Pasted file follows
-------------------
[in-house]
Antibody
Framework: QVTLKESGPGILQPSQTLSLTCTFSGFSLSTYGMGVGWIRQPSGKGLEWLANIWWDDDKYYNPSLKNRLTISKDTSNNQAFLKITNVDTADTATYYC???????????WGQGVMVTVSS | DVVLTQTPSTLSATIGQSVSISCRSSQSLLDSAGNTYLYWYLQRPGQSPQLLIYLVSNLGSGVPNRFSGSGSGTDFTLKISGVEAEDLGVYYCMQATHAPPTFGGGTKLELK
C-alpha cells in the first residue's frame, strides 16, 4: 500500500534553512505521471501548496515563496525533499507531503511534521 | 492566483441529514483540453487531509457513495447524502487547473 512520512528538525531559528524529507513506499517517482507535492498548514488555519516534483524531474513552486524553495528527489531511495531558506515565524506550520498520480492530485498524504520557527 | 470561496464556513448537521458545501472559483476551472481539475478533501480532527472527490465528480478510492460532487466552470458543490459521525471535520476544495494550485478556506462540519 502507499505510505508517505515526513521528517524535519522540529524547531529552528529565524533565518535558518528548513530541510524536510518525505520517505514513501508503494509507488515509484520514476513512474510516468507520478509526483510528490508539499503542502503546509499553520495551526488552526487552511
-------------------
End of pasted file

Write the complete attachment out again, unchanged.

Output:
[in-house]
Antibody
Framework: QVTLKESGPGILQPSQTLSLTCTFSGFSLSTYGMGVGWIRQPSGKGLEWLANIWWDDDKYYNPSLKNRLTISKDTSNNQAFLKITNVDTADTATYYC???????????WGQGVMVTVSS | DVVLTQTPSTLSATIGQSVSISCRSSQSLLDSAGNTYLYWYLQRPGQSPQLLIYLVSNLGSGVPNRFSGSGSGTDFTLKISGVEAEDLGVYYCMQATHAPPTFGGGTKLELK
C-alpha cells in the first residue's frame, strides 16, 4: 500500500534553512505521471501548496515563496525533499507531503511534521 | 492566483441529514483540453487531509457513495447524502487547473 512520512528538525531559528524529507513506499517517482507535492498548514488555519516534483524531474513552486524553495528527489531511495531558506515565524506550520498520480492530485498524504520557527 | 470561496464556513448537521458545501472559483476551472481539475478533501480532527472527490465528480478510492460532487466552470458543490459521525471535520476544495494550485478556506462540519 502507499505510505508517505515526513521528517524535519522540529524547531529552528529565524533565518535558518528548513530541510524536510518525505520517505514513501508503494509507488515509484520514476513512474510516468507520478509526483510528490508539499503542502503546509499553520495551526488552526487552511